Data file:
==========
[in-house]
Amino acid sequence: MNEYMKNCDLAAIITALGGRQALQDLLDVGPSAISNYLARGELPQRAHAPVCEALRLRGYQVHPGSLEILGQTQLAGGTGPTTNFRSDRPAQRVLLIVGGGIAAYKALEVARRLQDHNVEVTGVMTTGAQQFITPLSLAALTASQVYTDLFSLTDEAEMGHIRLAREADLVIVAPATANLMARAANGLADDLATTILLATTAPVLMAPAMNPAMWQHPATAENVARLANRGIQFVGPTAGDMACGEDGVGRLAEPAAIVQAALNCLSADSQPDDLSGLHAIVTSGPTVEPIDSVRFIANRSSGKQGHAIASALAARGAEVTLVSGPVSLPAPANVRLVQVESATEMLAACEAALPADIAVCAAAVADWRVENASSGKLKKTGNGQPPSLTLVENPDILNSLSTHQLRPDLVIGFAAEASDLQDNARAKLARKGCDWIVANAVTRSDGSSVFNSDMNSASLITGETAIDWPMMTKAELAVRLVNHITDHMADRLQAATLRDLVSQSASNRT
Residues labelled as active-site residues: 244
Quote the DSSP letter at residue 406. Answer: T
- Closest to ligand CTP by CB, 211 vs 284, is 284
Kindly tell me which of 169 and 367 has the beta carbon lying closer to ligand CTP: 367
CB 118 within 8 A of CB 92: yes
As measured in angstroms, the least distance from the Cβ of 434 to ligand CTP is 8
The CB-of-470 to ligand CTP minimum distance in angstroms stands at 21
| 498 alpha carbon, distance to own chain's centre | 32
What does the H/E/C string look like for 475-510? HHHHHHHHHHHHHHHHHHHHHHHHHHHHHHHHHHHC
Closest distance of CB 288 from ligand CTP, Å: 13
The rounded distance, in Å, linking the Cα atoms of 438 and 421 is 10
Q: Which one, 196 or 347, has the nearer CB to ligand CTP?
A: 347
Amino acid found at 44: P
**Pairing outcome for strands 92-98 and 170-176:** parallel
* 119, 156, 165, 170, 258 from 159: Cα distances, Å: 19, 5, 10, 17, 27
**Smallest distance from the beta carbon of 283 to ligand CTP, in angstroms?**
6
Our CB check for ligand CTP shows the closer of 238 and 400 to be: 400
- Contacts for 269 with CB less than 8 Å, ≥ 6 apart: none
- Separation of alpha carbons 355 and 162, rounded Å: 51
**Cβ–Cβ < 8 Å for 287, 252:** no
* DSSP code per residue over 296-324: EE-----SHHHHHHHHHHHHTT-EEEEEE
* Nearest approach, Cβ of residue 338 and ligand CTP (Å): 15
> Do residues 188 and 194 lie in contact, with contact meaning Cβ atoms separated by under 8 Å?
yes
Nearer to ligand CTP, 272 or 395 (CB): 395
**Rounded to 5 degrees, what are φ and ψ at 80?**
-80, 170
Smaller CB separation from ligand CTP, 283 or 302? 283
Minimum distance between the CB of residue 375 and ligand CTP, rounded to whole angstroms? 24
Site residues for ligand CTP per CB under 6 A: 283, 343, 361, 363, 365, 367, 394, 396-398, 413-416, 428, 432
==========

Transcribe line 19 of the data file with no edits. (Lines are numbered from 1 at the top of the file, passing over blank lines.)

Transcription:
**Smallest distance from the beta carbon of 283 to ligand CTP, in angstroms?**